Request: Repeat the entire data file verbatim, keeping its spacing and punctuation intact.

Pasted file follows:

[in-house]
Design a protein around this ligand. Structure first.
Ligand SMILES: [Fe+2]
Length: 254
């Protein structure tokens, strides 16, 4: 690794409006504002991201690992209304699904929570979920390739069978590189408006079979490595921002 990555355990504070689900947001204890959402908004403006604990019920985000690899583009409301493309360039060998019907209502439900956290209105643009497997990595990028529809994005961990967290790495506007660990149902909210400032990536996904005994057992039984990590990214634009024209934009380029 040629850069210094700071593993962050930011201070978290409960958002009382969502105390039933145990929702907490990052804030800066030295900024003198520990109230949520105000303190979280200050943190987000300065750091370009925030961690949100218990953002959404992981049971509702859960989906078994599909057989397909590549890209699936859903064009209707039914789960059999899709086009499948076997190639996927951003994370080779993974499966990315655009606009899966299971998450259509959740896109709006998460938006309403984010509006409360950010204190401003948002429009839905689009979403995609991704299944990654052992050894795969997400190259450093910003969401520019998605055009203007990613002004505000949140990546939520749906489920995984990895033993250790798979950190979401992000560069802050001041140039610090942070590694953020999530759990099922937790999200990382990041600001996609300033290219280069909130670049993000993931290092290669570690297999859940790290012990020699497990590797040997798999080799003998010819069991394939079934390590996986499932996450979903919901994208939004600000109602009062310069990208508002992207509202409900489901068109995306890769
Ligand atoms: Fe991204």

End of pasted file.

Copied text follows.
[in-house]
Design a protein around this ligand. Structure first.
Ligand SMILES: [Fe+2]
Length: 254
């Protein structure tokens, strides 16, 4: 690794409006504002991201690992209304699904929570979920390739069978590189408006079979490595921002 990555355990504070689900947001204890959402908004403006604990019920985000690899583009409301493309360039060998019907209502439900956290209105643009497997990595990028529809994005961990967290790495506007660990149902909210400032990536996904005994057992039984990590990214634009024209934009380029 040629850069210094700071593993962050930011201070978290409960958002009382969502105390039933145990929702907490990052804030800066030295900024003198520990109230949520105000303190979280200050943190987000300065750091370009925030961690949100218990953002959404992981049971509702859960989906078994599909057989397909590549890209699936859903064009209707039914789960059999899709086009499948076997190639996927951003994370080779993974499966990315655009606009899966299971998450259509959740896109709006998460938006309403984010509006409360950010204190401003948002429009839905689009979403995609991704299944990654052992050894795969997400190259450093910003969401520019998605055009203007990613002004505000949140990546939520749906489920995984990895033993250790798979950190979401992000560069802050001041140039610090942070590694953020999530759990099922937790999200990382990041600001996609300033290219280069909130670049993000993931290092290669570690297999859940790290012990020699497990590797040997798999080799003998010819069991394939079934390590996986499932996450979903919901994208939004600000109602009062310069990208508002992207509202409900489901068109995306890769
Ligand atoms: Fe991204």